On May 17, 2010, four undocumented students and one ally walked into the Arizona office of Senator John McCain demanding that he co-sponsor the Development Relief and Education for Alien Minors (DREAM) Act, which would have provided a pathway to citizenship for eligible undocumented youth. Wearing graduation caps and gowns and with a crowd of supporters gathered outside, these activists staged a sit-in (Galindo 2012). Three of the four undocumented activists were arrested marking the first act of civil disobedience in the undocumented youth movement. This protest followed the first Coming out of the Shadows event held in Chicago, Illinois in March, 2010 and preceded DREAM Act Summer, a period of intense mobilization to pass the DREAM Act. During the summer of 2010, undocumented activists held hunger strikes, staged sit-ins in Washington D.C., shutdown intersections in major cities, and held rallies where undocumented youth came out of the shadows as “Undocumented and Unafraid.”
Immigration law enforcement is the purview of the federal government. Thus, even though some states would like to welcome more immigrants and others would like to close their state borders, states do not have the authority to control the entry of foreigners into this country.
Nevertheless, states, counties, and cities do play a significant role in deportations because the vast majority of people deported from the United States are first arrested by a police officer and then handed over to Immigration and Customs Enforcement, or ICE.
“God helped us to arrive here safely” said the exhausted Honduran mother of two in the refugee camp, El Barretal, on the outskirts of Tijuana. Many of the families who travelled with the recent Caravans identify as Christians. Yet, a recent survey showed that 57% of white evangelicals perceive immigrants as a threat to American society. Through the lens of scripture, these Central American Christians and U.S. Christians are members of the same Body of Christ – a Body that apparently has an auto-immune disease. Is that necessarily true? What is the actual and potential contribution of the Church to the struggle for immigrant justice and immigration reform?
The Center for the Study of Social Movements at the University of Notre Dame is very pleased to announce that the winner of the 2019 John D. McCarthy Award for Lifetime Achievement in the Scholarship of Social Movements and Collective Behavior is Suzanne Staggenborg of the University of Pittsburgh. The award not only recognizes Suzanne’s extraordinary achievements in research, but also the role that she has played in mentoring successive generations of scholars. Continue reading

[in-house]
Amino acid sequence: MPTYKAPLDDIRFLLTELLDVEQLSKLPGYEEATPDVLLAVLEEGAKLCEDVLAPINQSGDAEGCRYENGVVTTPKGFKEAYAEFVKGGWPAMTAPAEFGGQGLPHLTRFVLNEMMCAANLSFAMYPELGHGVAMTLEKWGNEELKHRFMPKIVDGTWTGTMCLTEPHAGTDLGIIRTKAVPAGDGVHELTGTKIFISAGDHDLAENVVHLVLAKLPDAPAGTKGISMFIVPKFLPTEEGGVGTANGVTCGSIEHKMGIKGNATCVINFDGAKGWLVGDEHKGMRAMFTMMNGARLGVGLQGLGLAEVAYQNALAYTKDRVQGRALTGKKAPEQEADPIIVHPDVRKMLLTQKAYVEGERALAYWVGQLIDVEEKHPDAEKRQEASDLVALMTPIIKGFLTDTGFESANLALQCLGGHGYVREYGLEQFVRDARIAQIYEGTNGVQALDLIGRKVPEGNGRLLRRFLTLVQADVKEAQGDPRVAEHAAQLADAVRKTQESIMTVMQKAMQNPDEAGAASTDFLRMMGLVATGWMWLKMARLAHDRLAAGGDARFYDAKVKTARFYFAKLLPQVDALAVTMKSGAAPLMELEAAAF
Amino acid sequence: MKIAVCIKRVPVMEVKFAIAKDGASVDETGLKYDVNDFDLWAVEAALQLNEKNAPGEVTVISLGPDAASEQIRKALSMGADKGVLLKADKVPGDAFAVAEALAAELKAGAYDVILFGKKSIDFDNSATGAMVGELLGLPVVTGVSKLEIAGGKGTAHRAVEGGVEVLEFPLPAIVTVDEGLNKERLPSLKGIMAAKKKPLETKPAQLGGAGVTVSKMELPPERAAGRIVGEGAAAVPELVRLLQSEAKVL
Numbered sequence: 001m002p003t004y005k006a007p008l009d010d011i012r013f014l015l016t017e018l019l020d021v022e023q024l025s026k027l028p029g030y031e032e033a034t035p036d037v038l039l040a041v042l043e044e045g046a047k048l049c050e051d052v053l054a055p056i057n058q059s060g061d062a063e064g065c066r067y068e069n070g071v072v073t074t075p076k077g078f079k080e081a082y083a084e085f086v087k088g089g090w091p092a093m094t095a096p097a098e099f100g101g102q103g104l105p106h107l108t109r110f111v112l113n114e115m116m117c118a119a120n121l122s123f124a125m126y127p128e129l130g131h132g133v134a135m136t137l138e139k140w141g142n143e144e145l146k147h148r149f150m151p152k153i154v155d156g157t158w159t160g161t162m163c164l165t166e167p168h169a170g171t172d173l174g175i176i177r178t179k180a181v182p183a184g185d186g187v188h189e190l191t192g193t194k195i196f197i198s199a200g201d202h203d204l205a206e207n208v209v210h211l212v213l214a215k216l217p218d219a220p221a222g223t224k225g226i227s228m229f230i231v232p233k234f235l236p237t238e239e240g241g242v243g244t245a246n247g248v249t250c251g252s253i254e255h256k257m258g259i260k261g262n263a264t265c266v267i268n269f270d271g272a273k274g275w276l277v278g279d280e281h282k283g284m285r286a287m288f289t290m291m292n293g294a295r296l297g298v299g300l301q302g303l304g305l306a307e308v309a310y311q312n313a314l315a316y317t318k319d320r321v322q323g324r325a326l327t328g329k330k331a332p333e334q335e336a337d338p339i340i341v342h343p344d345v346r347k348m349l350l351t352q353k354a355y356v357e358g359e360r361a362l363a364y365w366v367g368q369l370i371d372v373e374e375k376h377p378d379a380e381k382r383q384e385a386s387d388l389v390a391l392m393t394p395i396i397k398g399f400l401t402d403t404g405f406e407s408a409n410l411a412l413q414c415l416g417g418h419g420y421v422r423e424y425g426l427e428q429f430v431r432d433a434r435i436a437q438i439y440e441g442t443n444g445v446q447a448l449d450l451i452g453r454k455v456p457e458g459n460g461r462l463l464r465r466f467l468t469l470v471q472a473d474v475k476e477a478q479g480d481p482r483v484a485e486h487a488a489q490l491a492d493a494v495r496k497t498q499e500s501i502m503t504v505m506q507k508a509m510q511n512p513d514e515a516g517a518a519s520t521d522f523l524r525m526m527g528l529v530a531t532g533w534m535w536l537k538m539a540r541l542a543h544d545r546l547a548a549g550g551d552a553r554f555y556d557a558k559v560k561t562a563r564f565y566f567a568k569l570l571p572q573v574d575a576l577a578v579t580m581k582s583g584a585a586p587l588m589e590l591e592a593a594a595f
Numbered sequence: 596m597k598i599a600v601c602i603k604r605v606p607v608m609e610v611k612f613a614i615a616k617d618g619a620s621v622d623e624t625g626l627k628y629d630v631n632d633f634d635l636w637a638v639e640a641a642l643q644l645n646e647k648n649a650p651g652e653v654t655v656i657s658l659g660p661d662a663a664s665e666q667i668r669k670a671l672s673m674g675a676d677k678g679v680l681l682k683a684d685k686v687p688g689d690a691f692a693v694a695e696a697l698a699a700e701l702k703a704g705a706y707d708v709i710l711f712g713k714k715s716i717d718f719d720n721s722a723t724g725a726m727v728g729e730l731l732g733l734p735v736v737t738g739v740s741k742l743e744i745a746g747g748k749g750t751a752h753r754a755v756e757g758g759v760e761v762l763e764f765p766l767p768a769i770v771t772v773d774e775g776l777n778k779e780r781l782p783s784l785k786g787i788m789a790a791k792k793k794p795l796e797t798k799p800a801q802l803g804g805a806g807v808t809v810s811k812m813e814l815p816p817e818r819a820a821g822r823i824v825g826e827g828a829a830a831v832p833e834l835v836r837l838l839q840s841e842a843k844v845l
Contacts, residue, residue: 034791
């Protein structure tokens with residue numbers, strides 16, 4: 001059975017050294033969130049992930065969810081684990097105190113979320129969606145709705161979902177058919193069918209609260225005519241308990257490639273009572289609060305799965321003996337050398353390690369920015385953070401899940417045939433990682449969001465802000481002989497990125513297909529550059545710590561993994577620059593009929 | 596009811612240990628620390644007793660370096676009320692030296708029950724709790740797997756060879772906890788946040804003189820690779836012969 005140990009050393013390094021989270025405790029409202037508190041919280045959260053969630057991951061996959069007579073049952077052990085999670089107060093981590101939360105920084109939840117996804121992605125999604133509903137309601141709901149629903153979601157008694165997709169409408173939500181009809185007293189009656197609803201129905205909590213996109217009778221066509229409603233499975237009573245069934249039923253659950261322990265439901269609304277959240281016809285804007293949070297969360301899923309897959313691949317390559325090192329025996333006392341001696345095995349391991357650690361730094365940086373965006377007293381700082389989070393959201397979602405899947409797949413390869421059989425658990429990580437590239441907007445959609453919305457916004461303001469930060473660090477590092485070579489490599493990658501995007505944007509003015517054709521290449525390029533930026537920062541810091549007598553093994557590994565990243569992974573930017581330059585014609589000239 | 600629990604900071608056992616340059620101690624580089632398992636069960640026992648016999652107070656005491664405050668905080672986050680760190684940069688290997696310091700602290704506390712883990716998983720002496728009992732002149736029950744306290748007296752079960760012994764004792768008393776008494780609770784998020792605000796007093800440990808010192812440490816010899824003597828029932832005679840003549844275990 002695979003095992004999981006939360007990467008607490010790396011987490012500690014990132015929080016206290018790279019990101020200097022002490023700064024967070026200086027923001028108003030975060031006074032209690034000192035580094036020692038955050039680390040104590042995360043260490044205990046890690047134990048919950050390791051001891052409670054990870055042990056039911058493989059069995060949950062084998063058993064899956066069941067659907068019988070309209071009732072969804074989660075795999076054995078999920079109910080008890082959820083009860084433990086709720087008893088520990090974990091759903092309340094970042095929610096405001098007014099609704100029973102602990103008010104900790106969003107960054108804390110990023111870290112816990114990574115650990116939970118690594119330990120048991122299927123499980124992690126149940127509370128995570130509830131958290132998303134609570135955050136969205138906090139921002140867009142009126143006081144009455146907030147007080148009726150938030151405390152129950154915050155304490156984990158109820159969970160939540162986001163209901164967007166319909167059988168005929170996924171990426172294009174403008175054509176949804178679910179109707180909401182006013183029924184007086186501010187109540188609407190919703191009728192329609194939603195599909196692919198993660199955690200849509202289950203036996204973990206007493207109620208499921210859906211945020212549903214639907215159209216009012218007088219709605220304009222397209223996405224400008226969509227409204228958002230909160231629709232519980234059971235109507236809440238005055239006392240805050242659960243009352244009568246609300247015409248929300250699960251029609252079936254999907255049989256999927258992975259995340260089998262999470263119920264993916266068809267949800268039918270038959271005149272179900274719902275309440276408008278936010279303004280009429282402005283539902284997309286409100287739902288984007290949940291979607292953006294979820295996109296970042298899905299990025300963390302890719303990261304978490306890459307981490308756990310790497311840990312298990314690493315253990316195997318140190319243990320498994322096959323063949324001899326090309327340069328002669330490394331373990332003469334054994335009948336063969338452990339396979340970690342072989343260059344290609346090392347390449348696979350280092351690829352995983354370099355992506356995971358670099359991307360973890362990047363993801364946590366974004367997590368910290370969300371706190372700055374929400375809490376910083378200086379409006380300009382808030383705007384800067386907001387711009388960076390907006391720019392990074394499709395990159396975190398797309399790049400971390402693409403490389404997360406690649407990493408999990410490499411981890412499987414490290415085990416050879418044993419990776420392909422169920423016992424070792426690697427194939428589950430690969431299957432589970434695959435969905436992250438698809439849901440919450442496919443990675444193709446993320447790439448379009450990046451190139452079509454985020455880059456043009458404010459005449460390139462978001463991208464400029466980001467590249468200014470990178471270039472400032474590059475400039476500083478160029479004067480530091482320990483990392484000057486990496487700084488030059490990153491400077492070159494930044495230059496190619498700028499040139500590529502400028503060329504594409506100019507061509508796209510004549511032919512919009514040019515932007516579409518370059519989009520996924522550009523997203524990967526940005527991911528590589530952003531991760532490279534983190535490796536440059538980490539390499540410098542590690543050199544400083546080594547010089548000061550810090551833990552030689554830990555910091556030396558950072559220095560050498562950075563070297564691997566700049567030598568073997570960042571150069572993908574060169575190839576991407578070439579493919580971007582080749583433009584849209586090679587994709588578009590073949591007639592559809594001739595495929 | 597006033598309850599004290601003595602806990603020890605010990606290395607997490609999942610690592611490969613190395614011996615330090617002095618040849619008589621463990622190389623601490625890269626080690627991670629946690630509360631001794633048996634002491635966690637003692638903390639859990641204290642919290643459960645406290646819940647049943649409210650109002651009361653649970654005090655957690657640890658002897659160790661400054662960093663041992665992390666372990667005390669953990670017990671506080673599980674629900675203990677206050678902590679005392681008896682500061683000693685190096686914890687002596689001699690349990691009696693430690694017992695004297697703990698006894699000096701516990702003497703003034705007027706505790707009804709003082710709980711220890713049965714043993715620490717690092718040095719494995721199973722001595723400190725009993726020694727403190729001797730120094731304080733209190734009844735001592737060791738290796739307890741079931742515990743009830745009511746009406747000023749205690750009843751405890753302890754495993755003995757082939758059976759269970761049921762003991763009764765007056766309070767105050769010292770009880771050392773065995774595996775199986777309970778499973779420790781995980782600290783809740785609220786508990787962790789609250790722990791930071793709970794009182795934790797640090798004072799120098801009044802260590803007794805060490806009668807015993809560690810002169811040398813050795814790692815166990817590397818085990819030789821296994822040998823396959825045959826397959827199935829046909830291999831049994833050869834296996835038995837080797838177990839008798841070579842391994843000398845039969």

Event hosted by the Center for the Study of Social Movements, University of Notre Dame May 3, 2019.
In conjunction with the presentation of the John D. McCarthy Award for Lifetime Achievement in the Scholarship in Social Movements, The Center for the Study of Social Movements at Notre Dame will be hosting the tenth annual “Young Scholars” Conference on May 3, 2019. The recipient of the McCarthy Award, Suzanne Staggenborg, will be in attendance and other senior scholars visiting Notre Dame for the award presentation will serve as discussants for the conference. Continue reading
“Applying social movement concepts to immigration activism”
Martinez, Lisa M. 2005. “Yes we can: Latino Participation in Unconventional Politics.” Social Forces 84(1): 135-155.
Mora, Maria De Jesus, Rodolfo Rodriguez, Alejandro Zermeño, and Paul Almeida. 2018. “Immigrant Rights and Social Movements.” Sociology Compass 12, no. 8
Zepeda-Millán, Chris. 2017. Latino Mass Mobilization: Immigration, Racialization, and Activism. Boston, MA: Cambridge University Press.
The place of immigrants in the U.S. has always been fraught, with immigrants simultaneously serving as inspiring affirmations of the American dream and as scapegoats for an endless list of social ills. But since Trump’s election in 2016, hostility toward immigrants has reached a level unseen in recent years. From families being separated at the border to the “Muslim ban” to proposals to eliminate the constitutional guarantee of birthright citizenship, immigrants are facing increased hostility in their everyday interactions and heightened threats due to anti-immigrant government policies. Along with these developments, immigrants and their allies are mobilizing and responding to threats in innovative ways. This dialogue brings together scholars and activists to ask what immigrant rights activism looks like in this moment, how it is changing, and what it can teach us about activism in times of increasing threats.
This month, we have a great assortment of essays. Thanks to our wonderful group of contributors on this topic:
- Cecilia Menjívar, UCLA, (essay)
- Matthew Ward, University of Southern Mississippi, (essay)
- Chris Zepeda-Millán, UCLA, (essay)
Editors in Chief,
Grace Yukich, David Ortiz, Rory McVeigh, Guillermo Trejo